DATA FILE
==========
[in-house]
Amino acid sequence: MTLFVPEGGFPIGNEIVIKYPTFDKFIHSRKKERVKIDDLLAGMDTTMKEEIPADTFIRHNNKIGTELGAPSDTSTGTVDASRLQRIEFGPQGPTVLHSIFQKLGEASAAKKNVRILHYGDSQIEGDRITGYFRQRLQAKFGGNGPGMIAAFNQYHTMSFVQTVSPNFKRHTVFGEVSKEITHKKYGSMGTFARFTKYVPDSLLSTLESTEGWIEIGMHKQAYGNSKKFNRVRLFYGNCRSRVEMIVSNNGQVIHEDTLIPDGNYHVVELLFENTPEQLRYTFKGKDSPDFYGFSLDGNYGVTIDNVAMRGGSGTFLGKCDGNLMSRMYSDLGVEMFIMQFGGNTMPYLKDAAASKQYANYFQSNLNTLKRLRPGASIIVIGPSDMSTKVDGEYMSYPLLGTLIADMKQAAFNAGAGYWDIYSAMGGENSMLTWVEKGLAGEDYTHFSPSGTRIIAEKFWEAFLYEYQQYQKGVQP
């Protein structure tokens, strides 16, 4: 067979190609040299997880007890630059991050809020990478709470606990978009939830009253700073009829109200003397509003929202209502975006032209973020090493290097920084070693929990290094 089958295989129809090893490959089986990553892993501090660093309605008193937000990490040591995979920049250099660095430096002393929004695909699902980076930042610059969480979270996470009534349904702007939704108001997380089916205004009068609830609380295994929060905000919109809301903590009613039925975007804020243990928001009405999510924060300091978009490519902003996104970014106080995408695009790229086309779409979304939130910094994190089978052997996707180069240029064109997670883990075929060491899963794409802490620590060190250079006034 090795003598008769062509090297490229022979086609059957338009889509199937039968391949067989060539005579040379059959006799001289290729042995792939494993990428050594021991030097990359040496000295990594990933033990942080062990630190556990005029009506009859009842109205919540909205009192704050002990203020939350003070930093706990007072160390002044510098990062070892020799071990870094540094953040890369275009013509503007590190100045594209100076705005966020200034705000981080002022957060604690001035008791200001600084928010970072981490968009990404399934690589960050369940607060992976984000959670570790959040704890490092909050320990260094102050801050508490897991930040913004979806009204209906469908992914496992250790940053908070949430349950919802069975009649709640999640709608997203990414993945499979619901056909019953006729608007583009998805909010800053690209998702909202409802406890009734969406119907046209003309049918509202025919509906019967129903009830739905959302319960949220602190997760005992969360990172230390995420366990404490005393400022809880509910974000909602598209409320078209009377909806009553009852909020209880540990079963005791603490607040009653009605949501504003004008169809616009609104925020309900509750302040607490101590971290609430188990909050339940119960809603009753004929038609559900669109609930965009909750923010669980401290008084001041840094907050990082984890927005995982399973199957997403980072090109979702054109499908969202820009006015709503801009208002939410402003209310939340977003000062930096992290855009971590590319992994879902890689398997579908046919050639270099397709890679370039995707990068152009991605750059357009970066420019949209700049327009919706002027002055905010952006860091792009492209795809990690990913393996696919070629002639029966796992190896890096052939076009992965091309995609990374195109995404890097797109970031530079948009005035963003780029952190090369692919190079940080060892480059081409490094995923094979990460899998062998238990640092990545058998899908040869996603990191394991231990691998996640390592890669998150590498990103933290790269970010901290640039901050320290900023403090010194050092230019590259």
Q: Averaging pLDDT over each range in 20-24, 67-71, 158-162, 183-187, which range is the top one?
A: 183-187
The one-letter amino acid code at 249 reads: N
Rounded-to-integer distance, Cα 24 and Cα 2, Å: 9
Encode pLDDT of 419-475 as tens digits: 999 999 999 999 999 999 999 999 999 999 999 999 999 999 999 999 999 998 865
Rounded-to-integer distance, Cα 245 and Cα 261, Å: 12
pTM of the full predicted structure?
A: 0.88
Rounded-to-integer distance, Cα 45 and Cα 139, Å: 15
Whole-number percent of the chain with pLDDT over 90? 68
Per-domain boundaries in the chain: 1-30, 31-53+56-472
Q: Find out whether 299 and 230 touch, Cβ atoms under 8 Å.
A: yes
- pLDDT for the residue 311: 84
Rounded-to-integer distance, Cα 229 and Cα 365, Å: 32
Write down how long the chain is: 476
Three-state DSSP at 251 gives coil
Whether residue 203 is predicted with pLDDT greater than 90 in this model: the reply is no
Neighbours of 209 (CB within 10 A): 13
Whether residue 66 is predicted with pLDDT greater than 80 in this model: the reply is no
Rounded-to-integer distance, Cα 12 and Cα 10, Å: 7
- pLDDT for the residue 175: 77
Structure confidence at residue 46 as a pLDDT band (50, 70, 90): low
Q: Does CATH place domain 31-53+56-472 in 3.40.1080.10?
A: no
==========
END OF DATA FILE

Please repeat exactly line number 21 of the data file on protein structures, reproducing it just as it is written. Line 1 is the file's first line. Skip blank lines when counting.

Whether residue 203 is predicted with pLDDT greater than 90 in this model: the reply is no